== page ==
Monday morning around 3: First night at camp and I am not sleeping. For no good reason. Tired from the 4-hour drive up to the northern part of Wisconsin. Lake country up here. And more pine trees lining the road than disiduous varieties. We are installed in a tidy cabin with a view of Moon Lake at Camp AweSum, a week long camp for families with kids on the autism spectrum. Gentle rain falls, light blanket temperature quite nice for slumber and sheets from home that are worn soft with washing and wear. Julia has her own room but a few cracks of thunder brought her into my bed. There is room for both of us but not when I need to turn on the light and dig into a book.

There was dinner and a welcome today. There is a big staff and many volunteers. There is a range of kids, ages and abilities. For the next five days, the kids will spend the mornings in camp activities, parents will be free to indulge in scheduled water sports, hiking and crafts or conversation, reading or absolutely nothing at all. Families unite for lunch, spend a quiet hour in cabins and then the rest of the day doing more scheduled or unscheduled camp activities together. There is evening programming and a number of camp fires.

Julia was not social with other kids and she mumbled lines from the movie, “Happy Feet” when adults asked her questions. After supper when most others were outside near the water, Julia found some Lego to assemble, alone and inside. When I decided it was time to head back to our cabin, she wanted to join some kids playing volley ball. I was too exhausted and we headed home. Now, a few hours later, I must regret that I did not let her stay and play. I did not fall on the bed into dead sleep.

Not sleeping pushes me to believe that we are not off to a good start. Demons arise–worries and complaints, nothing novel. Feelings of failure and worthlessness. There is no right effort at 2 in the morning. I do recognize this packaged doom. I can bring it anywhere and everywhere. Even sitting on a screened porch, listening to lovely rain.

Tuesday during parent alone time: I have the choice this morning to read and write on a porch swing overlooking the lake with a cup of peppermint tea or canoeing. Why do I feel vaguely guilty for not choosing the canoe?

We will be late for breakfast every morning! I am giving up wanting to be like every one else. Even among those with great differences, we can be different. The staff here wear green tee shirts that say on the back, “It will be ok.” I am taking that to heart. What is very, very true about this place is that behavior-strange, odd, defiant looking, loud, scared or any combination– is not merely tolerated, it is accommodated and woven into the fabric of activities. It is almost easy to be here with Julia. Julia woke up this morning and after saying that she needed more time in bed, she asked if we were staying for the rest of the week. She is having a good time.

Julia is talking up a blue streak, much of it not on point or relevant to the circumstance. She is perseverating on “happy Feet.” Strangely enough, we watched it for the first time in years just before we left home and last night while the adults were treated to a ‘without kids’ supper (complete with wine that a few more experienced adults brought and the staff ignored), the kids watched what else but “Happy Feet.” At least now there are more kids and staff who know what Julia is talking about. She makes conversation bids more than she ever has but has no idea that listening and follow up come after a bid.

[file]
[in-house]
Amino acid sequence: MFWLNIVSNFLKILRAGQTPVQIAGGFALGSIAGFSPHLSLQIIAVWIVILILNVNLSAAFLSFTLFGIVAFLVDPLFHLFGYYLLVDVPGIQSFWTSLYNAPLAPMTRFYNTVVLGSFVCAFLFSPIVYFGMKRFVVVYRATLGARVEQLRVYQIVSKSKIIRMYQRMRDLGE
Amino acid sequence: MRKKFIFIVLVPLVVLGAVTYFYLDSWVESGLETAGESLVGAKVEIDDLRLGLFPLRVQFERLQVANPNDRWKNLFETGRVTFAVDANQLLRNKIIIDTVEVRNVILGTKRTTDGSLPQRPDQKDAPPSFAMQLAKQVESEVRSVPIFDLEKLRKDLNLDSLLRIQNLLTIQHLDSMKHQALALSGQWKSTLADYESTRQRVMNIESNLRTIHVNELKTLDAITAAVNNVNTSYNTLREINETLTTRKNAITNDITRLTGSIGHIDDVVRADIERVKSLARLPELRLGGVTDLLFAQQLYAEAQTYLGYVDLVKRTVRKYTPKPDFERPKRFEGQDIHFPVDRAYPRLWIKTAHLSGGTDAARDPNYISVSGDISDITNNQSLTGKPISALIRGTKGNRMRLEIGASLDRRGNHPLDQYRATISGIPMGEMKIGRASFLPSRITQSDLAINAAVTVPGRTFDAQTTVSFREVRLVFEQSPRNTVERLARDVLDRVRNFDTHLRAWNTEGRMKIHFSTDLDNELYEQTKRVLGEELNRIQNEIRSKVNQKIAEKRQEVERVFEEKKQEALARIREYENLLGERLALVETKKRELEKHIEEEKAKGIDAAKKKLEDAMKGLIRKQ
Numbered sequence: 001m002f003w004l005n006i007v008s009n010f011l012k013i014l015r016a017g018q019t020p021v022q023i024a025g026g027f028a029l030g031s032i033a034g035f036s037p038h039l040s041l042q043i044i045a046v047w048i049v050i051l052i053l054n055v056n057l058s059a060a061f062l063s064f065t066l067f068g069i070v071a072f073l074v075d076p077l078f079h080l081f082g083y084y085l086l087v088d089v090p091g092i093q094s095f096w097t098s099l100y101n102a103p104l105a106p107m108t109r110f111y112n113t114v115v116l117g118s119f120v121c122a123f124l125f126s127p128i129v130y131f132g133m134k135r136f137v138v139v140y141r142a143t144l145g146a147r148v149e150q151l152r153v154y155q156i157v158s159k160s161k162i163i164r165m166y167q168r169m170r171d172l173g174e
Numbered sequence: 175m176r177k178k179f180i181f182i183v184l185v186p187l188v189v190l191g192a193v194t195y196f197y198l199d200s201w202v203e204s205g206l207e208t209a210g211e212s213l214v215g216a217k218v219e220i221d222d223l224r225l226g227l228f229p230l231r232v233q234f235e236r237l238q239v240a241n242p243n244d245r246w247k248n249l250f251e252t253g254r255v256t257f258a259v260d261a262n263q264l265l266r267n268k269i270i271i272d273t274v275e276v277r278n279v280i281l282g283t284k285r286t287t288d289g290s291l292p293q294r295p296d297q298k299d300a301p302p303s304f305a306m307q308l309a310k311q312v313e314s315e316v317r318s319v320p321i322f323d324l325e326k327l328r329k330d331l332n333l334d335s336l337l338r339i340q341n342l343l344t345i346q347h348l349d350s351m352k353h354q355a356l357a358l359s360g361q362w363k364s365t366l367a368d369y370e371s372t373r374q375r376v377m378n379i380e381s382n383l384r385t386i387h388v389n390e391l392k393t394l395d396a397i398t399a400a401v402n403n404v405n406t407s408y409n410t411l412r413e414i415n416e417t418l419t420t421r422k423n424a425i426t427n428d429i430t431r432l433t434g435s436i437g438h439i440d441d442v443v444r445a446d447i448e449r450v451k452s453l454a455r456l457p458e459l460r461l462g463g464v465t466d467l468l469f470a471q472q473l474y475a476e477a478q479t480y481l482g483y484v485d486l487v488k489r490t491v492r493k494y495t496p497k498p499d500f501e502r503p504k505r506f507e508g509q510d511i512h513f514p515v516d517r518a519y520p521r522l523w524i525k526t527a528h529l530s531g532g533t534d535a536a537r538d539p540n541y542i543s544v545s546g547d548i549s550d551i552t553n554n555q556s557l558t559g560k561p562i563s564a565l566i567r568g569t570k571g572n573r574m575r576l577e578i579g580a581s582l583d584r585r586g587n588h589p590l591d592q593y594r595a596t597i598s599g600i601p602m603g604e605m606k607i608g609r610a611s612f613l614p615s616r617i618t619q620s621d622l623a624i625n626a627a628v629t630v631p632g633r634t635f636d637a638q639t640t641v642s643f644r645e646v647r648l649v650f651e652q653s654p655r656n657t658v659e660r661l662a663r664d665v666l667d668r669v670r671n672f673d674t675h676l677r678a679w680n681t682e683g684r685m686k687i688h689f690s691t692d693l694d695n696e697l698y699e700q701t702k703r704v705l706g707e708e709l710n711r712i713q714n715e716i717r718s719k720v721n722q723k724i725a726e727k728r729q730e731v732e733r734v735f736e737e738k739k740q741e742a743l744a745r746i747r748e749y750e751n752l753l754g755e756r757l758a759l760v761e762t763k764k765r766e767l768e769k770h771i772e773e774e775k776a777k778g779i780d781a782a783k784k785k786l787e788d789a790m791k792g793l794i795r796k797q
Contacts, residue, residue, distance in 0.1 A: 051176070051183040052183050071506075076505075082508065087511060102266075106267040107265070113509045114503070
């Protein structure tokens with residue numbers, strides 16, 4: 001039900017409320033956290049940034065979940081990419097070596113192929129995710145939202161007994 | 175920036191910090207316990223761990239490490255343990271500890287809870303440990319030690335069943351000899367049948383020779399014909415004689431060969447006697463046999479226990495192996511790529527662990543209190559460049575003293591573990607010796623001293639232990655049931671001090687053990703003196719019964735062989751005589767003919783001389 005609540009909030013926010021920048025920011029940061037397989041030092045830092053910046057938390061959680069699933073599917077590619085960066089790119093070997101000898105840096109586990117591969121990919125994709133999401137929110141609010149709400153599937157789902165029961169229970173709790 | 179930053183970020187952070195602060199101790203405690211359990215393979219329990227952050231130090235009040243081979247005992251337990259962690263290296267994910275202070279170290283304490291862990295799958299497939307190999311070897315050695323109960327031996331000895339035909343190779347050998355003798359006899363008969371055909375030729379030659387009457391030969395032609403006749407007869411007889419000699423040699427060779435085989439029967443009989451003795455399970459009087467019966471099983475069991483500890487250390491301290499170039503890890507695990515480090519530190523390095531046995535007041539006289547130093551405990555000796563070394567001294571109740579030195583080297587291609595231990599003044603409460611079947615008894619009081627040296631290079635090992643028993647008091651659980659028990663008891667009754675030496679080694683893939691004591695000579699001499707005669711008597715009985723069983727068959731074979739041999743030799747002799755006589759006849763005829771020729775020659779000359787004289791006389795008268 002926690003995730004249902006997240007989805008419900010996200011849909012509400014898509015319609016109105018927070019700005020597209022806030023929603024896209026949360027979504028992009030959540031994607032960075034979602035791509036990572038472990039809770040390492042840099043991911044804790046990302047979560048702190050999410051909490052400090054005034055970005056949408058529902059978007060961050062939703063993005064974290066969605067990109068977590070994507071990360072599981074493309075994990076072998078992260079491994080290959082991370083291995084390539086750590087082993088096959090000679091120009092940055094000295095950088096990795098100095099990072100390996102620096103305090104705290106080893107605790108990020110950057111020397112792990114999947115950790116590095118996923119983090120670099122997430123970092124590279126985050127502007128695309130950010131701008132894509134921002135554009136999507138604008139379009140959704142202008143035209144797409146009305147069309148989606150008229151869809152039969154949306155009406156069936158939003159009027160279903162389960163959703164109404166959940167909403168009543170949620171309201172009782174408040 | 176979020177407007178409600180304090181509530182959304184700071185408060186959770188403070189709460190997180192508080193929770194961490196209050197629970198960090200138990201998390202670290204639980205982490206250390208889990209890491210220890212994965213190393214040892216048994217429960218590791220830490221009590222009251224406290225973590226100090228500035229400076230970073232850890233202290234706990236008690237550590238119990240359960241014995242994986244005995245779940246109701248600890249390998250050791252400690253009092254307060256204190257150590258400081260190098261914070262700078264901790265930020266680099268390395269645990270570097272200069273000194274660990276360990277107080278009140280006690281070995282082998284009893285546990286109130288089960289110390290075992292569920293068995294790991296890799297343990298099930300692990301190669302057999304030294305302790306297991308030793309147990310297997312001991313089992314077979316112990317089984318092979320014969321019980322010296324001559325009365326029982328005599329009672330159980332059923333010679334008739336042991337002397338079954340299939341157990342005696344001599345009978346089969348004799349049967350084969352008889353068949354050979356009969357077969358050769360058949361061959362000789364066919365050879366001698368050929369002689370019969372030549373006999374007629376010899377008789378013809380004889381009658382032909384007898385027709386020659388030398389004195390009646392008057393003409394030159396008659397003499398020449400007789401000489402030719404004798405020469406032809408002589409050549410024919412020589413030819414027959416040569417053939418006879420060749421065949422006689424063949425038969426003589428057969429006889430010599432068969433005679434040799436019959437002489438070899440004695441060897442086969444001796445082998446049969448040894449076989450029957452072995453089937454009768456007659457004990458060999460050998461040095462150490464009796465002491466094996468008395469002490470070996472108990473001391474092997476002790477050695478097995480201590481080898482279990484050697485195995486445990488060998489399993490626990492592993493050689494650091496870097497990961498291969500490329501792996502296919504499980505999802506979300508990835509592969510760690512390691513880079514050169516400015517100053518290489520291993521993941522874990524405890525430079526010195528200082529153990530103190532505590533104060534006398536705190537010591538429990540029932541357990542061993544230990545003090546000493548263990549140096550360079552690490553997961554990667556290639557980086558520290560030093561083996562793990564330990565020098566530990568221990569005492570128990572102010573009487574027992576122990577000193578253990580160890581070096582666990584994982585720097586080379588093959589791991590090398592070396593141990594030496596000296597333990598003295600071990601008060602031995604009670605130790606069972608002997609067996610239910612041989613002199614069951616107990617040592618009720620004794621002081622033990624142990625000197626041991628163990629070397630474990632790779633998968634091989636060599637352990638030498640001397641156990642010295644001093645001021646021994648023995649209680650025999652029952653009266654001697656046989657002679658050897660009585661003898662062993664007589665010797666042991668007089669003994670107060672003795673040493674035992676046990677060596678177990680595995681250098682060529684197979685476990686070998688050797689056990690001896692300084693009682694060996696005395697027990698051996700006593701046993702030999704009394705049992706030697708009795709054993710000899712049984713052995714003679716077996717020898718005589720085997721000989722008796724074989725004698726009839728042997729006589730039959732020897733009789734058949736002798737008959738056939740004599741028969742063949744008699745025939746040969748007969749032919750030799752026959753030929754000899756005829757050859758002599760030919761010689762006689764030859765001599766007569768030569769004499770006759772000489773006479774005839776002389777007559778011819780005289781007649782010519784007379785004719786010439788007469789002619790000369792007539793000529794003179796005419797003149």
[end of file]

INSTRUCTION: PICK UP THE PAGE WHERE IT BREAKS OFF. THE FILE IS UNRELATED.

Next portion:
I am one of only two uncoupled families. The other is a grandmother and granddaughter duo who are seated at our meal table. We sit at assigned tables which is one a a number of rules aimed at a regularity that is easy on these kids. I am enjoying the grandma’s company and I think the feeling is mutual. I have moments of self pity but I notice they are fewer than in previous times. And parents are generally bonding no matter the shape of their families or kids’ social skills. I’ve always believed that I did not necessarily become friendly with individuals in groups because we shared some interest. Not law or theater or violin playing kiddos or neighbors. I tend to hang on the outside of group gatherings of these like minded clutches waiting for my uncomfortable inability to fit in rear its head. How wonderful to be proven wrong as the years pass! I feel undeniably bonded to our China travel group and now here in just a day, I am finding comradeship at this camp. Come to think of it, I have this more comfortable feeling at church as well, finding someone to talk to during the previously dreaded coffee hour. I am sure it is me. Perhaps mellowing, perhaps accepting more in me, perhaps just seeing more similarities than differences.

Yes, this is respite that I’ve rarely known since I met Julia.

Julia found a puzzle that we are working on in the lodge during free time. I asked for it to be left out and was warned that others might work on it as well. I has survived two days and indeed others add to it. It is fun to return to it with more pieces added.

There is one boy, a staffer and a volunteer in the lake. He didn’t want to be with his group. He wanted to swim. It is cold! I’m going to move inside when I finish this. The three of them are playing with enthusiasm, without a hint of inconvenience or complaint. It is somewhat of a miracle. If this was my kid, I’d be apologizing to those adults. But there is no need! At all! This level of care and dedication brings tears. I am so grateful. And a smile, I am so grateful for the staff who took a kid I don’t know swimming on a cold morning.